After Peter, who led the Church?

In the Book of Acts, you find an accurate account of the early Christian Church.

Initially the church was centered in Jerusalem, and the Apostles were the Leaders. Peter, and James the son of Zebedee, are mentioned a couple of times, in Acts chapter four.

Peter had to give account of himself to the leaders in Jerusalem for his preaching to Gentiles, so he was not the 'Chief' Acts 11:1-4.  

In the mention of Peter in Gal 2:11 we find Paul rebuking Peter! In vs 12, Paul says that the deputation was sent by James! Peter spent his final years traveling in Iraq, and then went to Rome, and according to tradition was crucified there. He was not 'at the helm' of the Jerusalem Church for very long after the Ascension of Jesus.

As the Congregation of Christians in Jerusalem grew, the leadership was targeted for persecution by the Jewish Authorities. Herod had James, the brother of John, a son of Zebedee, put to death in AD 41. Peter escaped with  the help of an angel. Peter, after the death of James the son of Zebedee, tells the people in the home of Mary, to inform James of his escape from prison. James, son of Zebedee was dead, so this has to be James, son of Alphaeus, the apostle named James Acts 12:1-12, 17.

James, son of Alphaeus, is listed as an Apostle (Luke 6:13-15), he is also known as James the Less, a cousin of Jesus. Jesus ordained the original twelve apostles.

After Judas betrayed Jesus and committed suicide, Peter stood up and enumerated the qualifications for a replacement, Acts 1:13, 20-22, which were:

  • A man who had been a disciple all the time Jesus taught them.
  • He must have been one of the followers of Jesus, from the time of Jesus baptism until Jesus' ascension.
  • And be ordained as a withness of Jesus resurrection.

Many people have been confused by the reference Paul makes in Galatians 1:19, "But other of the apostles saw I none, save James the Lord's brother." Albert Barnes, commenting on this verse, states:'That the James here referred to was an apostle is clear. The whole construction of the sentence demands this supposition.'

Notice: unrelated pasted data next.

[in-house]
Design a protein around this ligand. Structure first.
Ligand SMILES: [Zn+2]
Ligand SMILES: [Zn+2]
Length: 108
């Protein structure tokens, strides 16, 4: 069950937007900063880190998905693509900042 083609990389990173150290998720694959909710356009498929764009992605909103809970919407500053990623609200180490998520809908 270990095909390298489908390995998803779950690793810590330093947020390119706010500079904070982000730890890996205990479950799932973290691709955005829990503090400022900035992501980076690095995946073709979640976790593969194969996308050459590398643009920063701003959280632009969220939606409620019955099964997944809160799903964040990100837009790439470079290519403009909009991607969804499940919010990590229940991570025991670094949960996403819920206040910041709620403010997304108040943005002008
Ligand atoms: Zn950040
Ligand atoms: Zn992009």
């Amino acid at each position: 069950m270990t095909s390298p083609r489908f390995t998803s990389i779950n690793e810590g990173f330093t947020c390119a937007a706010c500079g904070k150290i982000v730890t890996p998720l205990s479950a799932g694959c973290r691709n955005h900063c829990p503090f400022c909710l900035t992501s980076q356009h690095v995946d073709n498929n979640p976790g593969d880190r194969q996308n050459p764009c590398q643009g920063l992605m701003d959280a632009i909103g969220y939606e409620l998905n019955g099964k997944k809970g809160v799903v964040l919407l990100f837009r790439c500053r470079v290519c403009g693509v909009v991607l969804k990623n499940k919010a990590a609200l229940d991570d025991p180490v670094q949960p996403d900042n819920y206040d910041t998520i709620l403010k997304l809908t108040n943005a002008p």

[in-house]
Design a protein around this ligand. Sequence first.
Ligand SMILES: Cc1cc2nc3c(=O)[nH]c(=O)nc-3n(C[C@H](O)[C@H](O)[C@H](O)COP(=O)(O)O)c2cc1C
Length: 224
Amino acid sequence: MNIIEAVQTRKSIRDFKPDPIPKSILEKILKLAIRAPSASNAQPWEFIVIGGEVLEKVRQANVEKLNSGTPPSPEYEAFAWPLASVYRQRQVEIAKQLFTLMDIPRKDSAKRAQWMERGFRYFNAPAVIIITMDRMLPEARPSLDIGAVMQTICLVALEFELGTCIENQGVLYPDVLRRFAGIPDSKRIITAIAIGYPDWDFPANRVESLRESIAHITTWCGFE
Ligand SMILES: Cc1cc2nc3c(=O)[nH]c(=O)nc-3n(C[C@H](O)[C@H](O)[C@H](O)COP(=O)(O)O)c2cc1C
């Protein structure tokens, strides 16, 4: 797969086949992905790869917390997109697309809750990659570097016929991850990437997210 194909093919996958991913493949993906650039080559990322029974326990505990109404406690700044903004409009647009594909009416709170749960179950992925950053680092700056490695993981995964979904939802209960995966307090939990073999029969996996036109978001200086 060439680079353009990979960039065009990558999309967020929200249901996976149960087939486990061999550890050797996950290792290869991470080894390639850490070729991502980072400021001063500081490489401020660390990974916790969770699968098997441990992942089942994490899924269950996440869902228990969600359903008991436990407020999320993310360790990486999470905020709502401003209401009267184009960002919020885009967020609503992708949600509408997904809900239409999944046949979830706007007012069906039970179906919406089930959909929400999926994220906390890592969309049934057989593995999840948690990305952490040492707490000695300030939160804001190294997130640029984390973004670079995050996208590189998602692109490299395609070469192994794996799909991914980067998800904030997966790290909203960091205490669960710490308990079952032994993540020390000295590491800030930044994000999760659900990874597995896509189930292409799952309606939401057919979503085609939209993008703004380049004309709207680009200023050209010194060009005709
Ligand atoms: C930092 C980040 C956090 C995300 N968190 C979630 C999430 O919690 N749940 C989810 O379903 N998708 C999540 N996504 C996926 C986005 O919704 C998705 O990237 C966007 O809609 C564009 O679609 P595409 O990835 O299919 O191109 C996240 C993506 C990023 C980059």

Look at 1 Corinthians 15:7 "Next he was seen by James, then by all the apostles". Here again Paul includes James as an apostle. Paul states that the Church was led by Peter and James the Lord's brother i.e. 'cousin'. (Galatians 1:18-19).

Paul, formerly Saul of Tarsus, a fanatical Pharisee who persecuted the Christians, became a Christian, and after a couple of years he went to Jerusalem to meet with the leadership there. He met with Peter and James. Paul must have related his testimony of having seen Jesus on the Damascus road. It would be natural for James to tell how he too had seen Jesus after the resurrection. Only Paul relates this special appearance of Jesus to James, the son of Alphaeus. Fourteen years later Paul and Barnabas again visit Jerusalem and find the main leaders are still, James, [mentioned first], Peter, and John the son of Zebedee. (Gal. 2:1,9)

The James who Paul met, could not have been Jesus' half-brother, born of Mary and Joseph, for the following reasons:

  • James, the half-brother to Jesus, was not a believer. "When his family heard about it, they went to restrain him, because they kept saying, "He's out of his mind!"" Mark 3:21.
  • This James is never listed as a disciple. If he had been, there would have been references to the fact in the history of the early church.
  • No other persons were appointed as Apostles, by the church, to witness the resurrection of Jesus, after the replacement of Judas.
  • James, the half-brother of Jesus, was not ever shown to be ordained by the Church as an apostle.

James, the son of Alphaeus, was the one who took the leadership of the Local Church in Jerusalem (Acts 12:2, 17; 15:13; 21:18; 1 Corinthians 15:7; Gal 1:19).

His father Alphaeus, was by tradition a brother of Joseph, the husband of Mary the mother of Jesus.

James the son of Alphaeus, was murdered in the Temple in Jerusalem in AD 62, and his brother, Simon the son of Alphaeus, became the Nasi, or President of the Jerusalem Church. Simon lived to age 120, when he was hunted down and tortured and finally crucified by the Romans.

© 2013 Jim Cole-Rous

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